Oscars. Washington did receive a Golden Globe Award in 2000 and a Silver Bear Award at the
Berlin International Film Festival for the role.
He also presented the Arthur Ashe ESPY Award to Loretta Claiborne for her courage and appeared as himself in the end of The Loretta Claiborne Story
In 2000, Washington appeared in the Disney film Remember the Titans which grossed over $100 million at the United States box
When Washington won a Golden Globe award for Best Actor in a Dramatic Movie in 2000, as he noted: "No African-American has won best actor in the Golden Globes since Sidney Poitier, until I
did". That made him the first Black actor to win the award in 36
He won an Academy Award for Best Actor in his next film, the 2001 cop thriller Training Day as Detective Alonzo Harris, a rogue and evil Los Angeles cop with questionable law-enforcement tactics. Washington was the second African-American performer to win an Academy Award for Best Actor, the first being Sidney Poitier who happened to receive an Honorary Academy Award the same night that Washington won. Washington holds the record (five so far) for most Oscar nominations by an actor of African descent, along with Morgan Freeman since 2009.
After appearing in 2002's box office success, the health care-themed John Q., Washington directed his first film, a well-reviewed drama called Antwone Fisher, in which he also co-starred.
Between 2003 and 2004, Washington appeared in a series of thrillers that performed generally well at the box office, including Out of Time, Man on Fire, and The Manchurian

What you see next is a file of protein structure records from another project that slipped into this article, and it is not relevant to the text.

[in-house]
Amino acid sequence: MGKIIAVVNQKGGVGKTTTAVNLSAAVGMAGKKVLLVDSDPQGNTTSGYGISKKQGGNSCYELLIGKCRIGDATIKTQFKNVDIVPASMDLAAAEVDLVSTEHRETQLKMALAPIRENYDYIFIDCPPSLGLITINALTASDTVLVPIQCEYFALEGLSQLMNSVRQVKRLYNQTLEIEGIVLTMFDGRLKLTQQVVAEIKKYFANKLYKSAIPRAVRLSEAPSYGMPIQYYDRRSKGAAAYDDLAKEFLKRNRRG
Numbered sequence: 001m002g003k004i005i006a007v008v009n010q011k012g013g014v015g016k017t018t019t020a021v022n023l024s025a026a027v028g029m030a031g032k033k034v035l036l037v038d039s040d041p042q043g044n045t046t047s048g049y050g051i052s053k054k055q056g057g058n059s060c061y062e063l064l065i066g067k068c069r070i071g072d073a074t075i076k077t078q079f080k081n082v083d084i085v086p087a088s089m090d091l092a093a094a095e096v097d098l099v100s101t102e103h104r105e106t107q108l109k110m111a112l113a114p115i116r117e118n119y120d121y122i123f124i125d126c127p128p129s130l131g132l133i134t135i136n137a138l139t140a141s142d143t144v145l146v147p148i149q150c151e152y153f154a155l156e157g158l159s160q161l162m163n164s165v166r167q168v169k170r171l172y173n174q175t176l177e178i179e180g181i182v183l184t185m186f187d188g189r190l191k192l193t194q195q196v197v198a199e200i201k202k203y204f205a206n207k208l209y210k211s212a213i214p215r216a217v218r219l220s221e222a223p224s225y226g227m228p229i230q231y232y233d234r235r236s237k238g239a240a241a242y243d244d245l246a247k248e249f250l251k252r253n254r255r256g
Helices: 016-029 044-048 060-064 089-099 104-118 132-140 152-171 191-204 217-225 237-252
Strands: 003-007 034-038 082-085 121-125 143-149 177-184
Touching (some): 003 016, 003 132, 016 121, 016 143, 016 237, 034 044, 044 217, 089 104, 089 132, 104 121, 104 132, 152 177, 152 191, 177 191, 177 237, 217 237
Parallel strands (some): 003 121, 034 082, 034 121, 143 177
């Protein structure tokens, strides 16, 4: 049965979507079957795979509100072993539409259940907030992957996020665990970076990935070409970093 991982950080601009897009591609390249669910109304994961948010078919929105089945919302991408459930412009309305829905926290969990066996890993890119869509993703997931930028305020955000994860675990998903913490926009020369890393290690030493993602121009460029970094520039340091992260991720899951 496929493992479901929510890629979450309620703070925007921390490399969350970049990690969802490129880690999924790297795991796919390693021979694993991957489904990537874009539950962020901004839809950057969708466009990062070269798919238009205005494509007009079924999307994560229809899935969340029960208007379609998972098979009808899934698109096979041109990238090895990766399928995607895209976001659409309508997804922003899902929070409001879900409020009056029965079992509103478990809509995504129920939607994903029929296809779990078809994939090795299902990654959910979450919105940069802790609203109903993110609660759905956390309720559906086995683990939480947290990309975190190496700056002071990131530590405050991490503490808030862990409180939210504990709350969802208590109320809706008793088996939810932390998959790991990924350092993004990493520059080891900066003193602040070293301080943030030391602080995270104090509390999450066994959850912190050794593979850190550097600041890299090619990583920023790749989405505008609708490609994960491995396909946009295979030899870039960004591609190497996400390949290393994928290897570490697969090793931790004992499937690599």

Candidate. In 2006, he starred in Inside Man, a Spike Lee-directed bank heist thriller co-starring Jodie Foster and Clive Owen, and Déjà Vu released in November 2006.
In 2006, Denzel worked alongside multi-talented Irish off-rock band the Script on their new project combining music and Hollywood. The hybrid of genres was critically acclaimed but didn't receive much mainstream attention due to a legal conflicts between the Script's record label and Denzel's studio commitments.
In 2007, he co-starred with Russell Crowe, for the second time after Virtuosity in 1995, in American Gangster. Washington directed and starred in the drama The Great Debaters with Forest Whitaker. Washington next appeared in the 2009 film The Taking of Pelham 1 2 3, a remake of the 1974 thriller, The Taking of Pelham One Two Three, directed by Tony Scott as New York City subway security chief Walter Garber opposite John
Return to theater
Washington was last seen onstage in the summer of 1990 in the title role of the Public Theater's production of Shakespeare's Richard III and in 2005, after a 15-year hiatus, he appeared onstage again in another
Shakespeare play as Marcus Brutus in
Julius Caesar on Broadway. The production's limited run was a consistent sell-out averaging over 100% attendance capacity nightly despite receiving mixed
In February 2009, Washington began filming The Book of Eli, a post-Apocalyptic drama set in the near future which was released in January 2010. Also the same year, he starred as a veteran railroad engineer in the action film Unstoppable, about an unmanned, half-mile-long runaway freight train carrying a dangerous cargo. The film was directed by Tony Scott, and was the fifth and final collaboration between the two, after previous films Crimson Tide (1995), Man on Fire (2004), Déjà Vu (2006) and The Taking of Pelham 1 2 3 (2009).